When it comes to legacy applications, “to containerize or not to containerize” – that is the question!
It is no secret that containers have entered mainstream and are here to stay. Every IT organization is exploring the use of containers. It is easy to make the case for using containers for new applications, especially the ones designed with a microservices style architecture. The benefits of containerizing microservices applications are immediate and well understood. But what about the hundreds or sometimes thousands of applications that enterprise IT teams are already supporting. Shouldn’t they get some ‘container’ love? Can ‘containerizing’ these applications ‘modernize’ them, extending their useful life? If your applications are running fine, does it even make sense to bother containerizing them all?
Well, the answer is: it depends!
In the next few sections I will discuss when it makes sense to containerize your legacy applications and present a simple framework to help make that decision.
For the purpose of this discussion, let’s assume that the applications under consideration are Linux based and that they will be actively used for at least next three years. If the useful life of an application is less than three years, the ROI will be less compelling so the effort to containerize may not be worth it. Perhaps the same framework could be applied to Windows applications when Windows containers are ready for prime time, probably in next 6-12 months.
Broadly speaking, there are two types of applications that IT teams manage:
- Custom Developed Applications – these are applications that are built by the development team. e.g. supply chain application, inventory tracking application etc.
- Third Party Applications or Commercial Off The Shelf (COTS) Applications – these applications purchased by the IT team from a vendor or these could be open source applications e.g. SugarCRM, WordPress etc.
Consider containerizing Custom Developed Applications:
- With complex configurations
- That are time-consuming to deploy
- That have manual or semi-automated environment configurations
- That can benefit from portability
- That can be transformed from monoliths to stateless, microservices-style applications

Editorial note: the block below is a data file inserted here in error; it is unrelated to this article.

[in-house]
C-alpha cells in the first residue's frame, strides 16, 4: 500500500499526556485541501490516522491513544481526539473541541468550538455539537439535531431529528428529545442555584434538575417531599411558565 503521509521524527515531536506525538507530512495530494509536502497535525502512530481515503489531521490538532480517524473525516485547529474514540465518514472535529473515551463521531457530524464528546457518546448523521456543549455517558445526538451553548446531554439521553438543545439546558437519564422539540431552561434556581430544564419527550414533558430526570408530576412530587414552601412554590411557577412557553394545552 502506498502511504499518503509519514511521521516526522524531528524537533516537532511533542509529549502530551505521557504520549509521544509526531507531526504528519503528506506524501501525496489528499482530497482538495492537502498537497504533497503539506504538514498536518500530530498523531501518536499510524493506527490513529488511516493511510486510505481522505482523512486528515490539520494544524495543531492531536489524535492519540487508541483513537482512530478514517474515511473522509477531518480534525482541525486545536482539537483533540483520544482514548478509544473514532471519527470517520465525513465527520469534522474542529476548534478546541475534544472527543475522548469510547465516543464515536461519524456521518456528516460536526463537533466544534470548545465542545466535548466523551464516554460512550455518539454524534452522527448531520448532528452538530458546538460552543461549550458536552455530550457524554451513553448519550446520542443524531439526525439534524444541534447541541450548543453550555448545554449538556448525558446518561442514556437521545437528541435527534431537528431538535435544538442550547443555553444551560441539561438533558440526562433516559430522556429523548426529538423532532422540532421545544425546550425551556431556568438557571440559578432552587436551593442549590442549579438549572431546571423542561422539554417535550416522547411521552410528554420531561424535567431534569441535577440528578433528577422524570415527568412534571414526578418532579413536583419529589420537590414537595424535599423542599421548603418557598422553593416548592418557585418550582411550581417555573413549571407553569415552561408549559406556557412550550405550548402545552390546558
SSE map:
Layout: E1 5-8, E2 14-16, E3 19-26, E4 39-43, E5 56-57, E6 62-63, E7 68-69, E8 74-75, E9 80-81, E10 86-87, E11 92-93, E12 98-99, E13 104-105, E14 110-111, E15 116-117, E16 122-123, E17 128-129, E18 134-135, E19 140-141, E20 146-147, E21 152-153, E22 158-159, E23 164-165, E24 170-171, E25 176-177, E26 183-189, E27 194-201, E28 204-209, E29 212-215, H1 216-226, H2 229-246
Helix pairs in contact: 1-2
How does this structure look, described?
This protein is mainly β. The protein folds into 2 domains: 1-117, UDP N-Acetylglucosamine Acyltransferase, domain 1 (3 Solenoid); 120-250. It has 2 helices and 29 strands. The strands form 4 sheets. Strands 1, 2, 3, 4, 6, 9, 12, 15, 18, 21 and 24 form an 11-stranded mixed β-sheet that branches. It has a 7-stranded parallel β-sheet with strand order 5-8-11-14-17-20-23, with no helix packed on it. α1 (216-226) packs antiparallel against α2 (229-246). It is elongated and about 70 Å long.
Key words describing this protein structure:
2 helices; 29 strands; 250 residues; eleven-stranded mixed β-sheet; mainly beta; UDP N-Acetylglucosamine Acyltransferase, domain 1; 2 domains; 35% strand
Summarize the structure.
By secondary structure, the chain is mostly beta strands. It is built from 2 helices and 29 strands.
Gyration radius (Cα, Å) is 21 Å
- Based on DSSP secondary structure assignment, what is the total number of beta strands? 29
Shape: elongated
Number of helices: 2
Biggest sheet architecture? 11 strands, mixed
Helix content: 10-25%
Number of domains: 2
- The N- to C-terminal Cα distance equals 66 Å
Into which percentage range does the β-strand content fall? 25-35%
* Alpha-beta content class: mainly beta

Consider containerizing Third Party Applications (COTS):
- That are mission critical
- That can benefit from DevOps best practices and automation
- That are consuming expensive resources
- That require manual maintenance and updates
Before creating a decision making framework, let’s recap key benefits of using containers:
- Agility – Containers are fast to build and deploy! With the right automation, containers make it possible to deploy applications in seconds.
- Portability – Containers enable application portability across platforms as well as clouds.
- Consistency – Container images are immutable and can be used and across environments, eliminating “drift”.
- Control – You can control what runs in the container, what services the container uses, and where each container runs.
- Efficiency – Containers provide several options to manage, track, and control resource usage by an application.
Before spending any effort on containerizing your application, it is necessary to evaluate if you will be able to take advantage of one or more benefits listed above. Below is a simple framework that can help you make that decision.
Answering the questions above will lead you to your decision – to containerize or not to containerize! If you agree, the next step would be to figure out how..
I hope this post was useful and answered some questions you may have related to containerizing traditional applications. If you want to learn more about when and how to containerize traditional applications, download our ebook: Containerizing Traditional Applications.